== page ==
If you have a good job, you might get lots of benefits without having to pay them. Life insurance, health coverage, you name it. Sometimes, even if you lose your job, you may still get to keep some of those benefits. If you are not working, it makes sense that you might have a hard time paying child support. If you are providing health coverage to your children but you do not pay for those benefits, do they count towards your child support contribution?
The Alabama Court of Civil Appeals looked at this issue in the recent case of Humber v. Humber. The father, a twenty-one year employee of United States Steel Corporation, was laid off in 2015. As a result, he filed a petition to modify his child support payment. His unemployment benefits at the time of the trial were only $250 every two weeks.
The trial court, based on his monthly income, found that the father could pay $318.23 per month in child support. However, they also considered the father’s providing health insurance to the children. The court gave the father a $400 credit for his health insurance payments. As a result, the father was not required to pay any child support. The mother would have to prove beyond a reasonable doubt that the father could pay it for the child support to be resumed.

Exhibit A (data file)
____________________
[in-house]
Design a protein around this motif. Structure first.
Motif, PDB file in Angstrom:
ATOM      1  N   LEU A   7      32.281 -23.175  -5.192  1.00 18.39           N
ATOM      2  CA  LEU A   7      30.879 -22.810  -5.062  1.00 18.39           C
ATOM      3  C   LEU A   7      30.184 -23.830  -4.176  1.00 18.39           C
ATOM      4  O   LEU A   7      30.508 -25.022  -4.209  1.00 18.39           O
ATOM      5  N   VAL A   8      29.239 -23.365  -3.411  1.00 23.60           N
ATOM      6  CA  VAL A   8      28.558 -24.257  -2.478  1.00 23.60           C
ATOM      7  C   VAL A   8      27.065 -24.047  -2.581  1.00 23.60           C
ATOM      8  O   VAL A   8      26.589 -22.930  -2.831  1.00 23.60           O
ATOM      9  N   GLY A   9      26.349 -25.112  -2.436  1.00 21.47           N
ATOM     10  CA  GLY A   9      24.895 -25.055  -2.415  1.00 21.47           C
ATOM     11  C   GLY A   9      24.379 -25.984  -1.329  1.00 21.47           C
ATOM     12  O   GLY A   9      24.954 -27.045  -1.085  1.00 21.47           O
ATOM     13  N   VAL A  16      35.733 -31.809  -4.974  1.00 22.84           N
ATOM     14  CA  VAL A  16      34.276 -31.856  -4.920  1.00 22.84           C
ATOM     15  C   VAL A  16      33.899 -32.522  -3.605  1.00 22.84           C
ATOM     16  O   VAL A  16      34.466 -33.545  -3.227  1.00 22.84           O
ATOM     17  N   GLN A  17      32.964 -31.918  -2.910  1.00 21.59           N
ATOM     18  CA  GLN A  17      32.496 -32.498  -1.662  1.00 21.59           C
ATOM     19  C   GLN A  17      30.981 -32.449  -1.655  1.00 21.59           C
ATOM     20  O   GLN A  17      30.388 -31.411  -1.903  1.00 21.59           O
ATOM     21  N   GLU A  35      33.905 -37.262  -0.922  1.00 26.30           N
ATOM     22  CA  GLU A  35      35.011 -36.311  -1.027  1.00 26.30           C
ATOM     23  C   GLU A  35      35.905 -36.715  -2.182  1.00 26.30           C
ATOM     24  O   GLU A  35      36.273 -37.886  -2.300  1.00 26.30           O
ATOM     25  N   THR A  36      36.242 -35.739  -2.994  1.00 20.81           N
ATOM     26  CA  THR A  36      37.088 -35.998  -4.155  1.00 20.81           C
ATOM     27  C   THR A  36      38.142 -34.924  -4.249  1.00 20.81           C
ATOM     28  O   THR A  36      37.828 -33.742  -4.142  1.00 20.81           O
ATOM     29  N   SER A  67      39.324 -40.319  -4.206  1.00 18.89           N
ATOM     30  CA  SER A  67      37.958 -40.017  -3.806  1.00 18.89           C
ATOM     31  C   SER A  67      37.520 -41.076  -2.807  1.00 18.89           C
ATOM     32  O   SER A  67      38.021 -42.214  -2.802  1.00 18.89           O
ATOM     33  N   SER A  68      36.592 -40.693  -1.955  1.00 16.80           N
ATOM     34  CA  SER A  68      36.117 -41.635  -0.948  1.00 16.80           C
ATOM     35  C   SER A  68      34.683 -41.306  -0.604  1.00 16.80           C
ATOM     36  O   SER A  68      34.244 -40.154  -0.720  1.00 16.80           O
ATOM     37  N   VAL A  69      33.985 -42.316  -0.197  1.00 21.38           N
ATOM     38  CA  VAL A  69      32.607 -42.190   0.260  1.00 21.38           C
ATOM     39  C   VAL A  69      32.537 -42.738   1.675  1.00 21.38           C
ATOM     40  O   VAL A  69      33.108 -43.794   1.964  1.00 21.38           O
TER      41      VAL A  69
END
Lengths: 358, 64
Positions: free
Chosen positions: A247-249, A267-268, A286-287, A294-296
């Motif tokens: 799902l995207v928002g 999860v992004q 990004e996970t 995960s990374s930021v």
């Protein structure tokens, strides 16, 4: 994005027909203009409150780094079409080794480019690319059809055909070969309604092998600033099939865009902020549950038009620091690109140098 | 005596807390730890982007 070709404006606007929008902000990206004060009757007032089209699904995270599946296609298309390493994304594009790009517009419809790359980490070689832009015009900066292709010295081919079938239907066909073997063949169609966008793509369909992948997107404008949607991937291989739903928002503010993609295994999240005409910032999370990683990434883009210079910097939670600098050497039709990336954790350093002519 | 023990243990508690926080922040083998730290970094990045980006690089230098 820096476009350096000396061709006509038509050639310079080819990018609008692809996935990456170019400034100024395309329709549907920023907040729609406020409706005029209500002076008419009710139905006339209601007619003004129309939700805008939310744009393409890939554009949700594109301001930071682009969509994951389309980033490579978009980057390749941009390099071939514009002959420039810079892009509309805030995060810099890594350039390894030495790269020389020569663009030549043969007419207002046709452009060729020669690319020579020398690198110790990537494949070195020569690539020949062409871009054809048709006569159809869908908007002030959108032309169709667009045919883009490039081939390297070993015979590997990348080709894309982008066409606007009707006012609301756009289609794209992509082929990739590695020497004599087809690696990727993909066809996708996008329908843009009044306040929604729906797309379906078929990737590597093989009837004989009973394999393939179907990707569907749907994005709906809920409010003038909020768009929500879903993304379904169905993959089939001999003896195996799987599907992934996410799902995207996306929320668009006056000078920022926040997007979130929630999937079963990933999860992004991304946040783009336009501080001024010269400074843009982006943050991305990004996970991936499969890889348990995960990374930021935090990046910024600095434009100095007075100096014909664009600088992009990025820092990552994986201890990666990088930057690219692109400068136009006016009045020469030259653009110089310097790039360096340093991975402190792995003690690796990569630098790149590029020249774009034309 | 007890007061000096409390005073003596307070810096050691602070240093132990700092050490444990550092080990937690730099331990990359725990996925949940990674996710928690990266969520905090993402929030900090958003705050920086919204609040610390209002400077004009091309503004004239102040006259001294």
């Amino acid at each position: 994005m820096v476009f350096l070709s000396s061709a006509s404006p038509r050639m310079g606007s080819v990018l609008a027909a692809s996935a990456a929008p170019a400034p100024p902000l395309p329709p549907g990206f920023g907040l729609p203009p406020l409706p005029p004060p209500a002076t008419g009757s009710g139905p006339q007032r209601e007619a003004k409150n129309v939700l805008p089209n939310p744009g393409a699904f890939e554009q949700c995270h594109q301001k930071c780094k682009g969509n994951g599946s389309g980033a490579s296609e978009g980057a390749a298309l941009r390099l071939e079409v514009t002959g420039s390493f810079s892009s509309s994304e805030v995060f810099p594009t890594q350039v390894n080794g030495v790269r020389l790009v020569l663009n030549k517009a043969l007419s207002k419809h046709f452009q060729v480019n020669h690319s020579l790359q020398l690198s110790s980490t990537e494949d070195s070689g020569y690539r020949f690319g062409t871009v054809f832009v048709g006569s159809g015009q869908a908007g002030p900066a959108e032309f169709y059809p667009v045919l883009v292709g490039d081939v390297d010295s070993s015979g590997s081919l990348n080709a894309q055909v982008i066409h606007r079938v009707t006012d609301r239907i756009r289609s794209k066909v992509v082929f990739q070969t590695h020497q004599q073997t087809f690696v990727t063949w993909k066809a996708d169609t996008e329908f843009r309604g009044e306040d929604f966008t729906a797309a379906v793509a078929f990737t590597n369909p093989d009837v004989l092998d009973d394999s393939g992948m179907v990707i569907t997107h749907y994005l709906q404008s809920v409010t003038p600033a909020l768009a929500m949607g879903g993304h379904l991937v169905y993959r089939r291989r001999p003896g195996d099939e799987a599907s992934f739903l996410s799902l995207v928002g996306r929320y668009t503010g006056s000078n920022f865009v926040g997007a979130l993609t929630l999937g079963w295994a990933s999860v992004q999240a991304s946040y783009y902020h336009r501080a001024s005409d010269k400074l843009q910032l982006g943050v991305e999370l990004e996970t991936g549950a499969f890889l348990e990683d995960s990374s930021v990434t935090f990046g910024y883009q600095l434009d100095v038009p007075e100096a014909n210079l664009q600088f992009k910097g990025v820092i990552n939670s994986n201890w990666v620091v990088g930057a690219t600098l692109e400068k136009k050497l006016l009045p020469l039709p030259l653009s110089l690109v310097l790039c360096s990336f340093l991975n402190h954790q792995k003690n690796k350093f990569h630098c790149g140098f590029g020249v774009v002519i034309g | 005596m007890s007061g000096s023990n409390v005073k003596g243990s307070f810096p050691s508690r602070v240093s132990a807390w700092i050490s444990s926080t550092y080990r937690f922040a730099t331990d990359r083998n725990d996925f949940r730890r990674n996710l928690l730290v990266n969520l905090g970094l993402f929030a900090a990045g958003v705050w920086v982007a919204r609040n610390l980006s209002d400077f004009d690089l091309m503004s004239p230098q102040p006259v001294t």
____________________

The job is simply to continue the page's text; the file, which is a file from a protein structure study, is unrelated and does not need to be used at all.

On appeal, the mother argued that the father did not prove that his reduced income from being laid off was substantial and continuing. The appeals court did not agree, but looked closely at the trial court’s crediting the father with $400 per month for health insurance. The appeals court found that the credit the trial court gave did not fit in the rules for calculating child support. Stating that the rules were mandatory, the appeals court sent the case back to the trial court to recalculate the level of support the father could pay.
Navigating a child support modification does not need to be a hassle. If you have an attorney who understands child support law and has experience with child support modification, you may find yourself with much less stress. It is important to find an attorney who can give you what you deserve.
If you need help with child support, please call INGRAM LAW LLC at (205) 335-2640.